is known from the Middle and Upper Albian of France, Sardinia and Madagascar.
Superfamily Acanthocerataceae HYATT, 1900
Family Brancoceratidae SPATH, 1933
Subfamily Brancoceratinae SPATH, 1933
Genus Hysteroceras HYATT, 1900
Type species Ammonites varicosus J. de C. SOWERBY, 1824
Hysteroceras cf. orbigny (SPATH)
(Plate 1, figs. 3A—C).
1841 Ammonites varicosus d’ORBIGNY (non J. de C. SOWERBY), p.294, pi. 87, fig. 3 only.
1847 Ammonites varicosus PICTET in PICTET & ROUX (non J. de C. SOWERBY), p.356, pi.9,
fig. 3 only.
1907 Brancoceras laferrerei BOULE, LEMOINE & THEVENIN, p. 25, pi. 9, figs. 6, 6a—b, text-
fig. 25.
1922 Brancoceras orbignyi SPATH, p. 22.
1923 Schloenbachia aguilerae BÖSE, p.167, pi. 11, figs. 33—36.
1929 Inflaticeras varicosum var. multicostata JAYET, p. 4—9.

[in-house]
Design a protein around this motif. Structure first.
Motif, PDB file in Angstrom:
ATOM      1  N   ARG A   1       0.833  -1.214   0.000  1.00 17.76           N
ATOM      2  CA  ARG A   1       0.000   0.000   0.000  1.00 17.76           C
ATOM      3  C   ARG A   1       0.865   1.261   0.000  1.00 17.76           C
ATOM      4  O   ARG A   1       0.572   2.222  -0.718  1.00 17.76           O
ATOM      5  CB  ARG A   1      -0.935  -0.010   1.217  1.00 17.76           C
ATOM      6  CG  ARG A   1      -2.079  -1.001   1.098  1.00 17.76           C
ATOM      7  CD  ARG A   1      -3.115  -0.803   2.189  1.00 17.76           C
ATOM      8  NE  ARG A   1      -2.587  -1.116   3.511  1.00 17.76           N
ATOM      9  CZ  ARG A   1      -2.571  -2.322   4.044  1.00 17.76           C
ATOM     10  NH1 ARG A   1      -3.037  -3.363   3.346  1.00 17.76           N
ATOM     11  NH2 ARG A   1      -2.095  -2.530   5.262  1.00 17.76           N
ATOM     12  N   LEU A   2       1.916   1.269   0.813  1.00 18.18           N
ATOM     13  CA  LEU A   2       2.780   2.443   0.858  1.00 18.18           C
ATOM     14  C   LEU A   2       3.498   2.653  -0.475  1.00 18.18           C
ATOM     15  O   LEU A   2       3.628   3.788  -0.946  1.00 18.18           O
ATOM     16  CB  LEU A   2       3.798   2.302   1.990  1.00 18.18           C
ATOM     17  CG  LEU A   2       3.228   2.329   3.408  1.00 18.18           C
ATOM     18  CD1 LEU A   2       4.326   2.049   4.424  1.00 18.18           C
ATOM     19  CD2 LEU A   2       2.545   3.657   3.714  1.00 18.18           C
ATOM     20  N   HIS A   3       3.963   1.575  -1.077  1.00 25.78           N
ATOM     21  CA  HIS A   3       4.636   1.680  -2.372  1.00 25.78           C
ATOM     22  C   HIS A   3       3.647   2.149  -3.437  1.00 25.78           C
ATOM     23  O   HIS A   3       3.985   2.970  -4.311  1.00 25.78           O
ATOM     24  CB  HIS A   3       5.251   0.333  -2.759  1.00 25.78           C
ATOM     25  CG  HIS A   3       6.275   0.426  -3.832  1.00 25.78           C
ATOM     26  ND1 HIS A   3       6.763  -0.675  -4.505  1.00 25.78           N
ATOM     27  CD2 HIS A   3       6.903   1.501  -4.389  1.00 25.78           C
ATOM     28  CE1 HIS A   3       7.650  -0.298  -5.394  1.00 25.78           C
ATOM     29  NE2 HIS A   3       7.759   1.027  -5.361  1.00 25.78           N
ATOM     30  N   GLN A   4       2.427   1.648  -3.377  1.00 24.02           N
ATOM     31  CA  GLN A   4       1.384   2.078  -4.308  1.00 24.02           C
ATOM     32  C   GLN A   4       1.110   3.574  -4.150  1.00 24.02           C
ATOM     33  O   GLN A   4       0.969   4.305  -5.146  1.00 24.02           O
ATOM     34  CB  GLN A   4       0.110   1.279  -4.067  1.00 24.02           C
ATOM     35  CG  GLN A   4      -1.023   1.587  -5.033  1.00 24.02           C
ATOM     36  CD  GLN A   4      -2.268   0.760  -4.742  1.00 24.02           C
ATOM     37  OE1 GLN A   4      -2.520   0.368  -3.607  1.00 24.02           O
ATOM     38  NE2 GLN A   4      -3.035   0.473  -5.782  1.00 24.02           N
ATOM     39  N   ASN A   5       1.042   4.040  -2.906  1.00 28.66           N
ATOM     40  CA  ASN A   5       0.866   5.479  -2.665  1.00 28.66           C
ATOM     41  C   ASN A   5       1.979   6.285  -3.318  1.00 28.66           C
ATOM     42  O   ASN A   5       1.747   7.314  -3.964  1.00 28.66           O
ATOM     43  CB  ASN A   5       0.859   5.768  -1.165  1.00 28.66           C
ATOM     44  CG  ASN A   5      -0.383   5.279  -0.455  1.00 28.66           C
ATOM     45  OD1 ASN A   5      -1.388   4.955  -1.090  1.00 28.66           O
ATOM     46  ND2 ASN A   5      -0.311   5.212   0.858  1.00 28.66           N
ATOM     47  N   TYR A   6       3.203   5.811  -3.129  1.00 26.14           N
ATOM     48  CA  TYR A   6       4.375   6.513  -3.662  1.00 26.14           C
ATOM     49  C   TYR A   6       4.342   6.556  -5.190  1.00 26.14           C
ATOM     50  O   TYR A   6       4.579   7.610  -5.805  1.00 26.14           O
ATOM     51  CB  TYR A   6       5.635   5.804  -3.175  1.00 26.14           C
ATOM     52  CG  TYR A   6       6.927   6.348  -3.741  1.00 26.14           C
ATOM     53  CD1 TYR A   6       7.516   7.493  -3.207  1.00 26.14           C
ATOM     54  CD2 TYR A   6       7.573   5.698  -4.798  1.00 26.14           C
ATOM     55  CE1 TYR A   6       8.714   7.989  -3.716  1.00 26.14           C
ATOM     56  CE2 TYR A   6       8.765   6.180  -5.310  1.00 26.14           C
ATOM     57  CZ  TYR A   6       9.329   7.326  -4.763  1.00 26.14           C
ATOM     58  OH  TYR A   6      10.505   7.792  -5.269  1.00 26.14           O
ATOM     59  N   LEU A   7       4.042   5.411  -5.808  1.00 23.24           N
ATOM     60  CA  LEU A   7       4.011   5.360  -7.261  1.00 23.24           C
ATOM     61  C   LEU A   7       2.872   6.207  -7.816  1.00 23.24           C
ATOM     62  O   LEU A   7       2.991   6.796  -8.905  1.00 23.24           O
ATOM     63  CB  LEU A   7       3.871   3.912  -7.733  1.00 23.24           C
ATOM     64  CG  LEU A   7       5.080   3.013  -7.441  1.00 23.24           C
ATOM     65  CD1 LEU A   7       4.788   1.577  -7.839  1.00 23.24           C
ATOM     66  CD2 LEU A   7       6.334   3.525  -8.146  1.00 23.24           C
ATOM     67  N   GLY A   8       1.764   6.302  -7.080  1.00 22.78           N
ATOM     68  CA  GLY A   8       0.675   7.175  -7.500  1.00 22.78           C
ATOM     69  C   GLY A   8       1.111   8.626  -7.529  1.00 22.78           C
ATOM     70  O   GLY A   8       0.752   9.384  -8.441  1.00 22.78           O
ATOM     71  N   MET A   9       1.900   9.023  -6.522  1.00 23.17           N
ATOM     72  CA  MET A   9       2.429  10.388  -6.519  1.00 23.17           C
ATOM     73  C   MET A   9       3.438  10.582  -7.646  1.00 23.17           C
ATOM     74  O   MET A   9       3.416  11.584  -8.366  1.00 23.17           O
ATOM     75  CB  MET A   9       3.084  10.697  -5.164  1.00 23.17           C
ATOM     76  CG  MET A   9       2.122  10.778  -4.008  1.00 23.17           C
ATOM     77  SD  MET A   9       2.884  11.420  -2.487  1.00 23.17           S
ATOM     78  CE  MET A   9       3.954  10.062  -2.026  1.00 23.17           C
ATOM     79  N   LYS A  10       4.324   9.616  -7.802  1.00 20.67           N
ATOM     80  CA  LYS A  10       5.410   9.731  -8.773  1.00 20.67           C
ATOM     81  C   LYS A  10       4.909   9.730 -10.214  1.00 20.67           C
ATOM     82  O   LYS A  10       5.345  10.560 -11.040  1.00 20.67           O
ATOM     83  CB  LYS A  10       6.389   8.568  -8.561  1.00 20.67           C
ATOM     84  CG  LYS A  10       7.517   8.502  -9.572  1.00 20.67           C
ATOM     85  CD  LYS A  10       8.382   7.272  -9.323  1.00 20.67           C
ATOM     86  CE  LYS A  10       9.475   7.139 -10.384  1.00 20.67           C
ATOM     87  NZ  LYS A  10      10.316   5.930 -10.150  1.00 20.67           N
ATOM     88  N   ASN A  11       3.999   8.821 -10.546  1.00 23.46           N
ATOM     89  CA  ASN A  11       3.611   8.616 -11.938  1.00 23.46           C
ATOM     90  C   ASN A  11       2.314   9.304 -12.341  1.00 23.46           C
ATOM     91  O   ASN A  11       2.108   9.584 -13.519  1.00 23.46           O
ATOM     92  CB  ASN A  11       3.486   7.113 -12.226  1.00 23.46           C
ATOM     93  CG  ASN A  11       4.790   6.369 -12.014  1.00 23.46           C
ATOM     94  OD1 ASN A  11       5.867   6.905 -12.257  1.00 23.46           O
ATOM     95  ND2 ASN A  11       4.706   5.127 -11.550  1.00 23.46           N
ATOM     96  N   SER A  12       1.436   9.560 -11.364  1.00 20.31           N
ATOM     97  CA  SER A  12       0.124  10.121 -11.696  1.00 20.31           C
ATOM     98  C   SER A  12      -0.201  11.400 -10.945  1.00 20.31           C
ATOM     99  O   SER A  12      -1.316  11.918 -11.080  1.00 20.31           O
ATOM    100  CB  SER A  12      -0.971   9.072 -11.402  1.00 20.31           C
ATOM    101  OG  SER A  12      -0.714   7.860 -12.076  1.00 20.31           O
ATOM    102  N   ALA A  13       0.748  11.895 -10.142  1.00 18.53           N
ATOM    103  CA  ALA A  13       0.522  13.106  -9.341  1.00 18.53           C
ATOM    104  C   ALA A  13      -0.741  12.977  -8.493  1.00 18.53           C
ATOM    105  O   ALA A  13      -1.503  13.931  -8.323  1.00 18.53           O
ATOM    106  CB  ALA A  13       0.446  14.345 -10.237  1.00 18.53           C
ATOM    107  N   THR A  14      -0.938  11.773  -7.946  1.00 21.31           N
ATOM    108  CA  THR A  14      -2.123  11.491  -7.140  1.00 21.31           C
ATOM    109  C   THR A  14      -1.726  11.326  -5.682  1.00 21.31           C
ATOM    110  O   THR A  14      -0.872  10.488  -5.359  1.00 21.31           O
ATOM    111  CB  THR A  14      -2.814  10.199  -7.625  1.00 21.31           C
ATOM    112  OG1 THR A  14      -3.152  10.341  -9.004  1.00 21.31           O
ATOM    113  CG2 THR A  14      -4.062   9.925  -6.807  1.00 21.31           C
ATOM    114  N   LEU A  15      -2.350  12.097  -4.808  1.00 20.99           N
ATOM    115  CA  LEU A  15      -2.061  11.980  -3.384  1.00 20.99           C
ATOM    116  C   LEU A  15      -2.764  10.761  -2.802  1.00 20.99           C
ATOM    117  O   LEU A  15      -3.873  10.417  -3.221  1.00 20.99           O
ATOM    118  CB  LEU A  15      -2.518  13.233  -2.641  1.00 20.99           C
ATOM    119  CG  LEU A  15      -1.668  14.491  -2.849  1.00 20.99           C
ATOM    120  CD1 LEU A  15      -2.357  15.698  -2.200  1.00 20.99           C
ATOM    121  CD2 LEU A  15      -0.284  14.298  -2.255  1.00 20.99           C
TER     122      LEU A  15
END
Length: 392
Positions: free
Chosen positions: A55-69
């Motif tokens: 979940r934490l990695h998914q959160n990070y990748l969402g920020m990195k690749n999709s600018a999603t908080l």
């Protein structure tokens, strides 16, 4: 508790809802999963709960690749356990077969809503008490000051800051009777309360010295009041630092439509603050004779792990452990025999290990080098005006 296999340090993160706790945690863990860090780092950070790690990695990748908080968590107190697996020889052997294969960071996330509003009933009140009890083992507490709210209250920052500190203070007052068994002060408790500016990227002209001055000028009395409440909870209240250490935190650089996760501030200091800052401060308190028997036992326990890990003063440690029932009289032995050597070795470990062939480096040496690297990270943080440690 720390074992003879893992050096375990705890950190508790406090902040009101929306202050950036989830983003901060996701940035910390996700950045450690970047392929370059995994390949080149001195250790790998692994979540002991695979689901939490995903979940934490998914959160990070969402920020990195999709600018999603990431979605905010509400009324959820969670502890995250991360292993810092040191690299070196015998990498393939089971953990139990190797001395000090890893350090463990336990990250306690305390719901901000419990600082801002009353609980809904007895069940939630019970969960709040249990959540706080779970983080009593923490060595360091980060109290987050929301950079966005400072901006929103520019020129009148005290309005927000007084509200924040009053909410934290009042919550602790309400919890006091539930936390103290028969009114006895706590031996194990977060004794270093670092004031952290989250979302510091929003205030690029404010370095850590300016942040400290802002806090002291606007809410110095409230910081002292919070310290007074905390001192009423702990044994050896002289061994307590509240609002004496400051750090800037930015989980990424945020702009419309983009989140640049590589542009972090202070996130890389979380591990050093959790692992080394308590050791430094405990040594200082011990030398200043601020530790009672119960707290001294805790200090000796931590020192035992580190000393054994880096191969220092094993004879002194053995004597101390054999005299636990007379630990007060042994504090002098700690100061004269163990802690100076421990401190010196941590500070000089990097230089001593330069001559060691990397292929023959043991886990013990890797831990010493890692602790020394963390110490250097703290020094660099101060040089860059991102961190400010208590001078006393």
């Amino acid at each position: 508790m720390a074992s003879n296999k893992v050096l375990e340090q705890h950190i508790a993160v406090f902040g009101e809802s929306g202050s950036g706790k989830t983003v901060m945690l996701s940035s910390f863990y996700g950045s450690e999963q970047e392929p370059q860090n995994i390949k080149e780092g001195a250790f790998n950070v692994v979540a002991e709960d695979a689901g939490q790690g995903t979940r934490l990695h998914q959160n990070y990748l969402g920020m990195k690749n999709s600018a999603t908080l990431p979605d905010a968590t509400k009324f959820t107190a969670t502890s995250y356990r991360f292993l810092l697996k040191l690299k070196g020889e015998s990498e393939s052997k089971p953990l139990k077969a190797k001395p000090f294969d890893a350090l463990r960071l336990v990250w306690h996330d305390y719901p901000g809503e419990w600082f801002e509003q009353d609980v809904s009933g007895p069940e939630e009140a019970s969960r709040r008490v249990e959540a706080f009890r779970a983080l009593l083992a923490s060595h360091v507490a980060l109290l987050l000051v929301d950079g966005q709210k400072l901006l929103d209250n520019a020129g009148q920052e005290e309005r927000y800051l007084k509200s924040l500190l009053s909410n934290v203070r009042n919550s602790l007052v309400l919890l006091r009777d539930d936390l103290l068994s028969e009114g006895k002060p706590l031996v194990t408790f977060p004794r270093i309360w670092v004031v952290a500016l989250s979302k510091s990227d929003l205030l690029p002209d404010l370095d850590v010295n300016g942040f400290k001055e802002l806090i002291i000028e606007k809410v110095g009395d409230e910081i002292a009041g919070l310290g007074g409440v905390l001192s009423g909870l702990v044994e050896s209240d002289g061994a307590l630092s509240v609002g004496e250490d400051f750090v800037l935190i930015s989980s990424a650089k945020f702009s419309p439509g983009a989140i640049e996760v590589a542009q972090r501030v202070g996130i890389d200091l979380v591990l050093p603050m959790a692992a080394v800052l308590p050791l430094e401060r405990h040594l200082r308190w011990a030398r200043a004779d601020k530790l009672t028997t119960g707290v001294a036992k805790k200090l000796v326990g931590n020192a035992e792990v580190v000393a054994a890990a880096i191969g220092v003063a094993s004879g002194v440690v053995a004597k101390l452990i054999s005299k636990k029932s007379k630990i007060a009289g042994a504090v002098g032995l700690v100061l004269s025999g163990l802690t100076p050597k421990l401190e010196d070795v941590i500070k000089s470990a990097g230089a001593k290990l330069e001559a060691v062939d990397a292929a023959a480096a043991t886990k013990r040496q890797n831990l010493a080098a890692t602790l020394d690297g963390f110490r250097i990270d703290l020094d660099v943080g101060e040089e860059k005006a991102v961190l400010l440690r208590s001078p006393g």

1934 Hysteroceras orbignyi (SPATH); SPATH, p. 483, pi. 49, figs. 4, 6, pi. 50, figs. 2—5, pi. 52,
figs. 2—4, 8, pi. 56, fig. 15, text-figs. 161a—d, 166—169 (cum synon.)
1934 Hysteroceras aff. orbignyi (SPATH); SPATH, p.483, pi. 54, fig. 8, (= H. laferrerei var. de-
pressa BREISTROFFER)
1940 Hysteroceras laferrerei var. orbignyi (SPATH); BREISTROFFER, p. 13.
1942 Hysteroceras orbigny var. minor HAAS, p. 26, pi. 2, figs. 18—26, pi. 3, figs. 13—14, pi. 4, figs.
1—5, text-figs. 2f, 3a.
1947 Hysteroceras laferrerei var. orbignyi (SPATH); BREISTROFFER, p. 53, 91.
1947 Hysteroceras laferrerei var. multicostata (JAYET); BREISTROFFER, p. 92.
1947 Hysteroceras laferrerei var. subcrassicostata BREISTROFFER, p. 92.
1968 Hysteroceras orbignyi (SPATH); WIEDMANN & DIENI, p. 137, pi. 13, figs. 1—3, text-
figs. 84—85 (cum synon.).
1971 Hysteroceras orbignyi (SPATH); RENZ, p. 578, pi. 1, figs. 1—2, 4, 6—8, pi. 3, figs. 4—6,